The night before we left we realized that we had never packed our bags before. Turn out we had way too much stuff. We didn't know yet was which of it we should toss and what we should keep. After five continents and almost a year of constant travel our bags are each below 12kg (25lb) and we always have extra space in them for random extra stuff. As opposed to detailing each and every thing we've tossed, I've organized them into sections by the lesson learned.
Most of us grew up reading physical books and transitioning to reading on an electronic device can be painful. If you refuse to read ebooks for a long term trip your options are a) carry as many books as you will need to last you on your trip or b) basically end up reading whatever you can find in physical form. So you are either horribly overloaded with paper or picking among the crap leftover in your hostel or the local overpriced book shop.
A long trip is a tremendous opportunity to read the kind of books you often think about reading but don't have the time or focus to do so. Spending that time on the random thrillers you find in guesthouse bathroom seems like a waste. In the long run, paper books will be far less common than electronic ones. They consume more resources, cost more and are less convenient. Consider using your trip as a way to force yourself to make the switch and, in the meantime, you can read some aspirational books that you will be proud to have read.
We have a pretty decent number of items that need charging: from phones to tablets to a bluetooth speaker. Before we left, I felt sure that we needed cables and chargers to charge everything at once. This meant an entire packing cube of USB chargers, cell phone chargers, GoPro Batteries etc.
You don't need them.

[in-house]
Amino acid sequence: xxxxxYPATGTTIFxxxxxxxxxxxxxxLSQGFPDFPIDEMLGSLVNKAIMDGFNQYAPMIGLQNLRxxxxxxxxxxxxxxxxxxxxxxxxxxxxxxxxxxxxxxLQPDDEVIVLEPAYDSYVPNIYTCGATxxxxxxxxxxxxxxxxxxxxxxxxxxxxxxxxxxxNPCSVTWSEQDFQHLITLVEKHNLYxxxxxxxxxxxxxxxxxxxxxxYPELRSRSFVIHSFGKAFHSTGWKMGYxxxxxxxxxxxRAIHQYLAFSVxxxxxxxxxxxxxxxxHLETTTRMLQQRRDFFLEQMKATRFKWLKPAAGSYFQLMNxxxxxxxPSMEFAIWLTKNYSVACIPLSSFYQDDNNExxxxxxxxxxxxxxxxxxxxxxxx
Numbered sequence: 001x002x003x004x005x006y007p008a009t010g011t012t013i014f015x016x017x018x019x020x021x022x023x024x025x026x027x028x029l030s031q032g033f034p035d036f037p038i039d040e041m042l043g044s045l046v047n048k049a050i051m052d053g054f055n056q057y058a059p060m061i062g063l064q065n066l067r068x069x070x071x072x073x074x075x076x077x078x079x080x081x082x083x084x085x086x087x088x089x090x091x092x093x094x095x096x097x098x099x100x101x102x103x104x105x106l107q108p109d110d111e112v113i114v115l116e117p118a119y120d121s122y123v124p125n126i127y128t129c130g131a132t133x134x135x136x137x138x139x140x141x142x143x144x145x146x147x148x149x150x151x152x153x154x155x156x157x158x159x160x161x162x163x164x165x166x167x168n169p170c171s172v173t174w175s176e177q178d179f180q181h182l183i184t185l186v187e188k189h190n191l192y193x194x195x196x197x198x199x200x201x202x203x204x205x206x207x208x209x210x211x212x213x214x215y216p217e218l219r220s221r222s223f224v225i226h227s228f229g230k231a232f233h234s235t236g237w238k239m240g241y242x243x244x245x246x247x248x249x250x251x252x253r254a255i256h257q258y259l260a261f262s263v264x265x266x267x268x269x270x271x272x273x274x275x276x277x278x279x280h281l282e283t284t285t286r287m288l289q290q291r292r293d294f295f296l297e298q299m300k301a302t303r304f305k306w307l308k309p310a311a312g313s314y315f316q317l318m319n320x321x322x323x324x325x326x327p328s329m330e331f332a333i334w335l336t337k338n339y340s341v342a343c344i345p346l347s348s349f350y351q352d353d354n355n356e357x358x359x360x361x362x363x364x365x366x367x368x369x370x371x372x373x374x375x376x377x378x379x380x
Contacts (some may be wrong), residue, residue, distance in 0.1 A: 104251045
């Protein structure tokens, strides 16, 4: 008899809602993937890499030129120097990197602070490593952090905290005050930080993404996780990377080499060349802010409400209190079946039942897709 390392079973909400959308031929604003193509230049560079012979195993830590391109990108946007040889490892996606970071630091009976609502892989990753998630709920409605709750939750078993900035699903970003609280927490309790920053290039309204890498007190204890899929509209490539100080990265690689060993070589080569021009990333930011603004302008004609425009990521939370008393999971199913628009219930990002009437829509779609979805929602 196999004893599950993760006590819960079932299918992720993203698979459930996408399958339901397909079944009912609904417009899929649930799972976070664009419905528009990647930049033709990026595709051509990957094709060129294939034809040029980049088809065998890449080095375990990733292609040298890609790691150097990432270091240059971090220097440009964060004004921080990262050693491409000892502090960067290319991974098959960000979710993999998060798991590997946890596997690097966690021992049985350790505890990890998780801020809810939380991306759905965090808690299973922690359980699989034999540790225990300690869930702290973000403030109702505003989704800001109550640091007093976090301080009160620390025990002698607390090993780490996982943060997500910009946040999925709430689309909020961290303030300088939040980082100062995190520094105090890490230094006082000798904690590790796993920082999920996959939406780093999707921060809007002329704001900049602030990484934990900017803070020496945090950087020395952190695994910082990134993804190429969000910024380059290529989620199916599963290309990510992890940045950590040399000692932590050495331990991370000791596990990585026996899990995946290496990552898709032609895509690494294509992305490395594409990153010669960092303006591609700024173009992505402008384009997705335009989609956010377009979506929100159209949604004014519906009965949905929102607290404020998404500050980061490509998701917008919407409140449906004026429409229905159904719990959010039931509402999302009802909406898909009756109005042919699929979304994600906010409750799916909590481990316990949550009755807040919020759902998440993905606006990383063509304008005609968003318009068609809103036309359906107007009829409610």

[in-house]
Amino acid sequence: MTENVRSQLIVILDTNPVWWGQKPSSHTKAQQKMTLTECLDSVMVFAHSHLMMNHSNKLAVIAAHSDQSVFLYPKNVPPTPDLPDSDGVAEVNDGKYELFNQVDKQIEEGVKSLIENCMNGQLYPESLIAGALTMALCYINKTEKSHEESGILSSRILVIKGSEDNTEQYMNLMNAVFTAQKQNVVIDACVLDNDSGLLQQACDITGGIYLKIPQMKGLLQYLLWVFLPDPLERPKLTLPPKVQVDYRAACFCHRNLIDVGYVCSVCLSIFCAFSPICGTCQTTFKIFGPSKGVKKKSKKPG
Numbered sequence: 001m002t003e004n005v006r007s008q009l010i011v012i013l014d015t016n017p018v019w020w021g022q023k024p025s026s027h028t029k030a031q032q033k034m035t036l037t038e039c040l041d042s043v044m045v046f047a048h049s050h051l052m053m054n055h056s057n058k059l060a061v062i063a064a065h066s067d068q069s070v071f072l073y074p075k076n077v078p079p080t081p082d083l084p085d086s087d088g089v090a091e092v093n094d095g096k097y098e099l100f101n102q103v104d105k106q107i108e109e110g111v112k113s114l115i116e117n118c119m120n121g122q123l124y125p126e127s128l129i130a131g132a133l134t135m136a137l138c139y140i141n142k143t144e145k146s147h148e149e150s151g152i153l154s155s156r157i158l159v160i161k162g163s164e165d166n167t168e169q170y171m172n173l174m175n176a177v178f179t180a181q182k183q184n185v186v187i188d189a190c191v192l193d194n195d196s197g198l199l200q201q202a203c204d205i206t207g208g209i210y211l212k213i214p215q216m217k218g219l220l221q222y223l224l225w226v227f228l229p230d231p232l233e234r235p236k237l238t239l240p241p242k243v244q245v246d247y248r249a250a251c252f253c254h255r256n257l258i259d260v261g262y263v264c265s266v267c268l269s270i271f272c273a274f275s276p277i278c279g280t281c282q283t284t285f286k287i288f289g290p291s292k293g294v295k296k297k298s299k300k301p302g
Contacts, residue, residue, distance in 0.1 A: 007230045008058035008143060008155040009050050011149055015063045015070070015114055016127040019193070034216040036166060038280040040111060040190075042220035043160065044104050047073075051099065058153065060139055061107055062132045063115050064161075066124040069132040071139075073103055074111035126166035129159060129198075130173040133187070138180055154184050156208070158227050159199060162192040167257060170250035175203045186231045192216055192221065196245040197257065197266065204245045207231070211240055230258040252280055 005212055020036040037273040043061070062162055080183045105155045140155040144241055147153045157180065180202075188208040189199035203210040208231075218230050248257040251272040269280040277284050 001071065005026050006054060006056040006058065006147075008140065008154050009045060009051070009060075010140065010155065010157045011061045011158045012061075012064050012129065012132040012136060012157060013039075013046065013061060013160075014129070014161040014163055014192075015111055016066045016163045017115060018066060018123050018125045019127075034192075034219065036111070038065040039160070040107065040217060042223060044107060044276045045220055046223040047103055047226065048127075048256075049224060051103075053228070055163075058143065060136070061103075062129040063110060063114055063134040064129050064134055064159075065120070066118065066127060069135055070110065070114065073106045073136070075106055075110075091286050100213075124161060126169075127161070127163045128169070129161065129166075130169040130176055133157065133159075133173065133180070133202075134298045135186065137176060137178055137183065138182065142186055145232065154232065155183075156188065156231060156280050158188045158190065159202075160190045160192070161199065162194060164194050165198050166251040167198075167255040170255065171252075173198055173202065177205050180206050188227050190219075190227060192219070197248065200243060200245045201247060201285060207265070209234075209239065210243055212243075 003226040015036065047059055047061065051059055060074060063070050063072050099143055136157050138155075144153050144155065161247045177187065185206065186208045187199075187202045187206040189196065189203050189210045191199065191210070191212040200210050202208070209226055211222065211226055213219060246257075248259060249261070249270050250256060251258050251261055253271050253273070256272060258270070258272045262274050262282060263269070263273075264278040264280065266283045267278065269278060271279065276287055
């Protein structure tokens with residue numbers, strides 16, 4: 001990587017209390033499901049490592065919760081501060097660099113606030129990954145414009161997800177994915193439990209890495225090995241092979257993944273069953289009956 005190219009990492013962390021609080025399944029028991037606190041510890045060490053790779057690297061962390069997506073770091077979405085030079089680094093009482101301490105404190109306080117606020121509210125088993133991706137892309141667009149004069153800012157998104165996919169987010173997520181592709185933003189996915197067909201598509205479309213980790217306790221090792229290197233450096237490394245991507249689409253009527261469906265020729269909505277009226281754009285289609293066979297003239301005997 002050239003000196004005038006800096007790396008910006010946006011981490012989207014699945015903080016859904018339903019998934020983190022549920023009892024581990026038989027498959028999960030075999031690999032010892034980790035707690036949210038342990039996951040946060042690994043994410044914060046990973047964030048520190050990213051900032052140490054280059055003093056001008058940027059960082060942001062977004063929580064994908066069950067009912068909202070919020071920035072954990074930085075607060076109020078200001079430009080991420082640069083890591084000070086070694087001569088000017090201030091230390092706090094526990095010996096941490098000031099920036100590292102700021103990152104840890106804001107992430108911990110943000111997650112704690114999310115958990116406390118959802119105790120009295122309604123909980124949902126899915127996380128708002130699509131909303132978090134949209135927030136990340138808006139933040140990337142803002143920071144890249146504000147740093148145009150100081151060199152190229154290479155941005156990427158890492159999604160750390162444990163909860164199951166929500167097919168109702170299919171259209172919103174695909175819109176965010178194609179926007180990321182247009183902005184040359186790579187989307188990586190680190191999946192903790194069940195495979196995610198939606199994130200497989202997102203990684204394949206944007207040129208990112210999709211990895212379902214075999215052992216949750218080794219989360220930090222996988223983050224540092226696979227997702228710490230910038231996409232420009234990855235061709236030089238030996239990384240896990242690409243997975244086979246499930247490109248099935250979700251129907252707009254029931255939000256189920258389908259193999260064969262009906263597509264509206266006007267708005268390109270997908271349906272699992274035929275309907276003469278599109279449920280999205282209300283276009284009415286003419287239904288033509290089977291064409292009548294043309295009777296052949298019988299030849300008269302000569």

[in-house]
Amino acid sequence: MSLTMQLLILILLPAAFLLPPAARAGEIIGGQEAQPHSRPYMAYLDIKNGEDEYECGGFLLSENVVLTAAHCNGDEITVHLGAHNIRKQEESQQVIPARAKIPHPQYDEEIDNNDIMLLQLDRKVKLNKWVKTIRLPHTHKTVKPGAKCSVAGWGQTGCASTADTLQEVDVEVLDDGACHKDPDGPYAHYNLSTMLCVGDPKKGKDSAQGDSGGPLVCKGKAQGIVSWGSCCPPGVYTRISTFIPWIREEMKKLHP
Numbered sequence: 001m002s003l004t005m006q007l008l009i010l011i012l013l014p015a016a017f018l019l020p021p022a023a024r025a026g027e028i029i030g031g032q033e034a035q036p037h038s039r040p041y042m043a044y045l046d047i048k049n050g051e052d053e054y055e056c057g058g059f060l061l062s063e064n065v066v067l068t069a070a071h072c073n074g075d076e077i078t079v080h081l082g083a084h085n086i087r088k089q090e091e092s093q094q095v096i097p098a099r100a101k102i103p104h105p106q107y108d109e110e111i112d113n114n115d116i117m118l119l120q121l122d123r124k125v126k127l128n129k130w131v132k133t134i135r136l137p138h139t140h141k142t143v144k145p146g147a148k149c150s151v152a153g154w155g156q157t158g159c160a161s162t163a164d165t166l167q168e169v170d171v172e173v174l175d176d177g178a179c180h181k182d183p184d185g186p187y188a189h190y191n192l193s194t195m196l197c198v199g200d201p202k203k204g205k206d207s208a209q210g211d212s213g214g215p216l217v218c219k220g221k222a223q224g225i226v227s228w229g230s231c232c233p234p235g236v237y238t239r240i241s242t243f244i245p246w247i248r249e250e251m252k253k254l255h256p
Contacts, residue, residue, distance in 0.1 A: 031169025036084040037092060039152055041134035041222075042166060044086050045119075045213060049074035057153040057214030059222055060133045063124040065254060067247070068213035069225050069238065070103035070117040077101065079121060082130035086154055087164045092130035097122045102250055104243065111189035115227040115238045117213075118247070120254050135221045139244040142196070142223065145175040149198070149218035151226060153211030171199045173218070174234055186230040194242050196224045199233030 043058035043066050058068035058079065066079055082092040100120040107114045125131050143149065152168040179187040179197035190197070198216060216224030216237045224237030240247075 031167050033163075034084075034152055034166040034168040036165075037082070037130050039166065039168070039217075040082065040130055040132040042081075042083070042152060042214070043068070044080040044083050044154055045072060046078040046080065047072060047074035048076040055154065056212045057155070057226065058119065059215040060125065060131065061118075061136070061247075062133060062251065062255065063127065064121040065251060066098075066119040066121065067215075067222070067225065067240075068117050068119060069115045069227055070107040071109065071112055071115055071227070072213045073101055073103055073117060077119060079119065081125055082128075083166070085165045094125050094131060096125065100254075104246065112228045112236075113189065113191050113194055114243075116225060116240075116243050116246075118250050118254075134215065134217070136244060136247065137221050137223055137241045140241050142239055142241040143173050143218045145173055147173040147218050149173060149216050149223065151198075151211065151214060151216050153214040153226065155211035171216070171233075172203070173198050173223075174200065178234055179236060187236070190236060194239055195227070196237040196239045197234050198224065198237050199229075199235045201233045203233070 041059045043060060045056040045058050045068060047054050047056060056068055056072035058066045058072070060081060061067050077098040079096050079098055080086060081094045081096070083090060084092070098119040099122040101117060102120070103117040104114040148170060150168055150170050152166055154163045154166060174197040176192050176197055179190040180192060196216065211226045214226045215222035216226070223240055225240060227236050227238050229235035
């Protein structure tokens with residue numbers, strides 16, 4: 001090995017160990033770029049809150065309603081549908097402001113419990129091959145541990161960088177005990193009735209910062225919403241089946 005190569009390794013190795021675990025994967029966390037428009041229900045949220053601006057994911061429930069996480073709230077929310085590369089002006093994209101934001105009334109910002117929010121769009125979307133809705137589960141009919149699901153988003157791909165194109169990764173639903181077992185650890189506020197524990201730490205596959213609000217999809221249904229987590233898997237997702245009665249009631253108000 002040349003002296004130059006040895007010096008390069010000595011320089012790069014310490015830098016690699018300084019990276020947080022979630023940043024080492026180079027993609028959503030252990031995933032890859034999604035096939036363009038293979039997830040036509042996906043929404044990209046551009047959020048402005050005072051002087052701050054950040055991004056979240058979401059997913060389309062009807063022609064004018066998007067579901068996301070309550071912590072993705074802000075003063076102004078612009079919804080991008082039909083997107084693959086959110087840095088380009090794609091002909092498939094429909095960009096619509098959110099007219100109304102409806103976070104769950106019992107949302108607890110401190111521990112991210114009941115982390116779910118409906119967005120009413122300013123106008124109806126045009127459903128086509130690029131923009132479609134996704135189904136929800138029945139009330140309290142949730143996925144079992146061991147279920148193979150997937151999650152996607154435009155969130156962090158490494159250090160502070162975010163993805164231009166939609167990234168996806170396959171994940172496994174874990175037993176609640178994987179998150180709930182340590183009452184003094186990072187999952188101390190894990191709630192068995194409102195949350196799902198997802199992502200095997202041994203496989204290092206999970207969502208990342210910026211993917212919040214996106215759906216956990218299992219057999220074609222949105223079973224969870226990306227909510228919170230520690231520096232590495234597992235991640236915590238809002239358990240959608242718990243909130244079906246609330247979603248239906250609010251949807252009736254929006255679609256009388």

Despite having 5 peripherals, two laptops, two phones and a tablet that require charging at any given time we manage to keep them all going on a daily basis with just two USB chargers and one laptop charger. All it really requires is a little forward thinking. If you are concerned about not being able to replace a chargers if one busts, don't be. These days the only place you can't pick up chargers are the places where there is no electricity anyway.
CLOTHES YOU WON'T WEAR
This is not the easiest thing to determine but stuff we tossed generally fit into three categories:
- They weren't comfortable to wear
- They didn't look good
- There were better options in the same category (e.g. I have other pants I like better)
The simplest rule to follow is: if you wouldn't wear it at home, you probably won't wear it on the road. Try everything on before you leave in as many combinations as you can. A cool tech shirt that is 'great for travel' won't be great if you hate wearing it.
TECH YOU WON'T USE
Technology promises a lot of things: convenience, certainty, entertainment. We've found that the way things function at home is not how they work on the road. Priorities change. Habits change. Having a great camera or tons of space was not a priority when we bought Jess' cell phone, but now we seriously wish we could go back and buy a newer iPhone. I was sure that I wanted my tablet with me but without ready and consistent Wifi connection, it turns out it wasn't of much use.
When you think about whether to bring a laptop, DSLR camera or a GoPro consider a few things:
How big is it?
A GoPro takes up much less space than a DSLR. We only use our GoPro intermittently, but it takes up so little space in our bag that carrying it isn't a big deal.
Is this an aspirational purchase?
You might want to be someone who create and edits videos of your travel, but is this something you do already? Seeing new things everyday eats up a lot of energy and time. Demanding or planning to develop a whole new hobby may not be the best use of your time while traveling and may not create as much pleasure as you are hoping.
How much does it cost?
Technology can drastically increase the cost of your trip. If you don't end up using it, you may regret not spending that money on experiences on your trip.
DISCLAIMER: this is strongly an area of personal preference and you need to exercise careful judgment when thinking about your own travel. Were I a woman traveling alone, my conclusions about these type of items would be very different. Where you are traveling and at what level of spending is also something you should consider. If you are traveling with friends or your partner, it's significantly easier to manage your safety or your belongings.
When we left we had Pacsafe security nets for both our bags, doorstops for hostel bedrooms and a whole host of fears about how dangerous traveling would be. What changed wasn't how those things worked, it was how much safer the world really seemed to be. The more time we spend out in the world, the less dangerous traveling seems and the less necessary all these things seem to be.